Assembling a Pet Emergency Kit

Assembling a Pet Emergency Kit

Emergencies happen and can be scary and stressful for pets as well as their owner. One way to help alleviate this stress is to prepare in advance.   

A Pet Emergency Kit can be easily assembled beforehand and can be kept in a Tupperware container or duffle bag for easy access in the event of an emergency like a flood, hurricane, fire, or any other disaster that requires quick evacuation.  

What should a good Emergency Kit Include? 

  • Water– Hydration is vital to your pet’s health so make sure you have at least 3-5 days of water in your kit. Don’t forget to include a water bowl- a collapsible one makes storing a little easier.  
  • Food- Make sure to have at least 3 days of food packed for you pet. If your pet likes wet food, invest in cans. Not only will it encourage your pet to eat during a stressful time because it’s extra tasty, canned food also keeps for a longer time and is waterproof. Canned food is also higher in moisture content, meaning your water supply will last a little longer. Remember- if you pack cans that don’t have a pop-top, DON’T FORGET TO PACK A CAN OPENER as well.  Also include a bowl or paper plates!

  • Medication– Try to save 3-4 days of your pet’s medication to keep packed in your kit. If you don’t have a few extra doses on hand, add a list of things you would need to grab to add to the kit in case of an emergency and tape it to the lid for easy access. If your pet’s medication requires refrigeration, such as insulin, pack a small collapsible children’s lunchbox. You can either keep ice packs frozen in your freezer to grab and pack or keep frozen water bottles. Frozen water bottles help to keep the medication cold and once the bottles melt- you have extra drinking water. 
  • Waste Management Items– Your pet will need to eliminate at some point. Having potty pads, poop bags, paper towels and wipes will be crucial in keeping your pet and their environment clean. Unscented baby wipes are great to wipe down your pet, while Clorox or Lysol wipes are good for cleaning up after an accident. If you have cats, you will need these items plus a litter pan, litter and a scoop. A foil lasagna pan or a tupperware container that’s around the size of a litter box can work in a pinch! 

  • A copy of your pet’s records along with proof of ownership and a recent photo– Generally there’s a lot of confusion surrounding emergencies. Your regular veterinarian may be closed, or phone service may be limited. Having a hard copy of your pet’s up-to-date records with proof of ownership is very important. You can ask your veterinarian’s office to print an updated medical record for you every year with your pet’s annual so you can keep these records current. Also, make sure to keep a current photo for identification purposes. Keep all of these papers in a Ziploc bag so it is waterproof. In this Ziploc, it’s also a good idea to keep a list of resources you may need, like the name, phone number and address of an emergency boarding facility. Our sister location, Sherwood South Animal Hospital is an emergency facility with boarding, open 24 hours a day, 365 days of the year. They are located at 3803 S. Sherwood Forest Blvd in Baton Rouge, Louisiana and their phone number is (225) 293-6440.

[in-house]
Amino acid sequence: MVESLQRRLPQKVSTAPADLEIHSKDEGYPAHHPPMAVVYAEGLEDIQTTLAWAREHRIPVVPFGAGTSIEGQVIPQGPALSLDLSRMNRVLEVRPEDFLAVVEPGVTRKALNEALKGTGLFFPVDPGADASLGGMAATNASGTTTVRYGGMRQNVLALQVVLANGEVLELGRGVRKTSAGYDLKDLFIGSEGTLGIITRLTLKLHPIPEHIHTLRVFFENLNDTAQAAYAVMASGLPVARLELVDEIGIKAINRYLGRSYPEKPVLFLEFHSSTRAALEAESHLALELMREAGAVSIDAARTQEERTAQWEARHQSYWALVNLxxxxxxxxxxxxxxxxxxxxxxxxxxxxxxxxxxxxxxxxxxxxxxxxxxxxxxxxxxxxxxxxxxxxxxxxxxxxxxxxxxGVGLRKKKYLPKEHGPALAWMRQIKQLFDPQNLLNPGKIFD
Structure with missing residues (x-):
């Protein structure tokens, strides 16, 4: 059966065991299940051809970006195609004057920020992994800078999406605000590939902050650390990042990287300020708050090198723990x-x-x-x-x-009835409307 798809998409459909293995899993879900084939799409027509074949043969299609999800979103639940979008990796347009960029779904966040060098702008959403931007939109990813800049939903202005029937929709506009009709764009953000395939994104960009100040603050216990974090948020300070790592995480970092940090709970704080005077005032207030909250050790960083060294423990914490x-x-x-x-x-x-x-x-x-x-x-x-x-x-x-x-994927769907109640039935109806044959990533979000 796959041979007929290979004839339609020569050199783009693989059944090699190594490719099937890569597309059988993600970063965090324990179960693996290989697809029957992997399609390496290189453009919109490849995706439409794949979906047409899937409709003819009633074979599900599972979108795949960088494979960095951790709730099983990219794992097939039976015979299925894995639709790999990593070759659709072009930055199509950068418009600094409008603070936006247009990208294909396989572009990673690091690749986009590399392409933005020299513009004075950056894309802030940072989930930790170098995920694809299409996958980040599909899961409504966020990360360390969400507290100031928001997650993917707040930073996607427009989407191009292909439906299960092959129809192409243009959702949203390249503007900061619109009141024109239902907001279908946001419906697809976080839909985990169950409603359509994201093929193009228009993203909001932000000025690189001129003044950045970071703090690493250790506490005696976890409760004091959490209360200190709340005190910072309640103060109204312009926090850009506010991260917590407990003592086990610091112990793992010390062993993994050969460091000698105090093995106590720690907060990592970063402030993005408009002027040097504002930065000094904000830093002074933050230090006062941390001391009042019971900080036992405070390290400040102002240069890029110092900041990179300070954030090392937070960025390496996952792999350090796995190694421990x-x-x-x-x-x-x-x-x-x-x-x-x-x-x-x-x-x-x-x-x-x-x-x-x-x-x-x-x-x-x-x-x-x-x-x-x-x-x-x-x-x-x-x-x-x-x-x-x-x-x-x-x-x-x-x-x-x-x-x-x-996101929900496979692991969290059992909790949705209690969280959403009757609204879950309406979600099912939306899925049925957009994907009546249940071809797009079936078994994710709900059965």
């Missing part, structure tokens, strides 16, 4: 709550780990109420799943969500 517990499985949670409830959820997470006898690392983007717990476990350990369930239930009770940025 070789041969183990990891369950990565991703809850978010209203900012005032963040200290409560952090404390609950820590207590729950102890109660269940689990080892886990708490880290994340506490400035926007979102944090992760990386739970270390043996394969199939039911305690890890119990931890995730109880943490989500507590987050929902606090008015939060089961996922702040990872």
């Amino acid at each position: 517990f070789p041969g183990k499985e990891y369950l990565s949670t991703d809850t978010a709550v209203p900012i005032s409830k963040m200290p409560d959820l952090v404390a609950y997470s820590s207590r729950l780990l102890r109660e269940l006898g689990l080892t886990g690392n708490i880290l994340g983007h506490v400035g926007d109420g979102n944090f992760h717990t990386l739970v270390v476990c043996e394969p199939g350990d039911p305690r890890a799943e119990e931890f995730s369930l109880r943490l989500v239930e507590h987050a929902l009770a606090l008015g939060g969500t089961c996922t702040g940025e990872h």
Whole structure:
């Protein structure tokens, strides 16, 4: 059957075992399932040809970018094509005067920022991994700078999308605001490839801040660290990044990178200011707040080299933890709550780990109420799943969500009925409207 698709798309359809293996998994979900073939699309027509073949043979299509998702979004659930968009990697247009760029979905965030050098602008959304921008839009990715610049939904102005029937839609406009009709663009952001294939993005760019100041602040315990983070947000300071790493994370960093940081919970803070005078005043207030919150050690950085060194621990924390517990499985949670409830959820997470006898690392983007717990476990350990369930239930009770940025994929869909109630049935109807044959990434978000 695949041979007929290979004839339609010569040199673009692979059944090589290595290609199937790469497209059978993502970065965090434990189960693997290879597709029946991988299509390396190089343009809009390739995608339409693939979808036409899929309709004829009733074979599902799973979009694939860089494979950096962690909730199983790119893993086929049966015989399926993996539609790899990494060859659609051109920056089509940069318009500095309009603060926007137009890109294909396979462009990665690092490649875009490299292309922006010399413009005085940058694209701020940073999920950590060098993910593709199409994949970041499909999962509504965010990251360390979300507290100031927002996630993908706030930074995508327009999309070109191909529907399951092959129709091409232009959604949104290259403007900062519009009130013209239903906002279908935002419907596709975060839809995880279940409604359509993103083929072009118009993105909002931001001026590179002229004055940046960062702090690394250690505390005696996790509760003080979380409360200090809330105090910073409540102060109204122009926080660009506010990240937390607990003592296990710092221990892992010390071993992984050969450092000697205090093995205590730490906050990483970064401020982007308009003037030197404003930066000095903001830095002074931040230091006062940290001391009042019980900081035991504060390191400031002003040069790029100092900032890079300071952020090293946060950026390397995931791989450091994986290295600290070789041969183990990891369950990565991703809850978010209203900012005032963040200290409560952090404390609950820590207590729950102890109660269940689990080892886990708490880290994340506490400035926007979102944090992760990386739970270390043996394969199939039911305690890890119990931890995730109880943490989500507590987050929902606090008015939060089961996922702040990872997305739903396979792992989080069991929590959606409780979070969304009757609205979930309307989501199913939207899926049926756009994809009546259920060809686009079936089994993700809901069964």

• A collar with identification tags- although microchipping your animal is the most foolproof way of identification, keeping your pet in a collar with identification tags is another great way to make sure your pet gets back to you in case you are separated. Although my pets are microchipped, I also keep an extra collar with identification tags in my emergency kit so I don’t have to look for a collar should an emergency arise.  
  • Some comfort items– Emergencies are STRESSFUL for not only you but also for your pet. Make sure your kit includes some comfort items like a blanket or a favorite toy. Maybe include a calming pheromone spray like Adaptil (for dogs) or Feliway (for cats).

Once your kit is packed and ready to go be sure to store it in a safe place, preferably near a door so you have easy access to it.

The only other item that crucial during an emergency for small pets is a carrier. A good sturdy carrier that’s large enough for the animal to lay and stand comfortably in is ideal, since your pet could be in their carrier for hours or maybe even days. A good carrier is an investment item, but rest assured you will use it not only in the event of an emergency, but also any time you travel with your pet. It’s also a good idea to keep your carrier out and open at all times which encourages your pet to be comfortable with their carrier. This was incredibly helpful to me when I suddenly had to evacuate during a house fire. My cat was already sleeping in her carrier at the time, so I just had to zip her up and get her out safely.  

Ultimately, emergencies are a part of life. Stay prepared & stay safe & as always contact us if you need any help assembling your Pet Emergency Kit!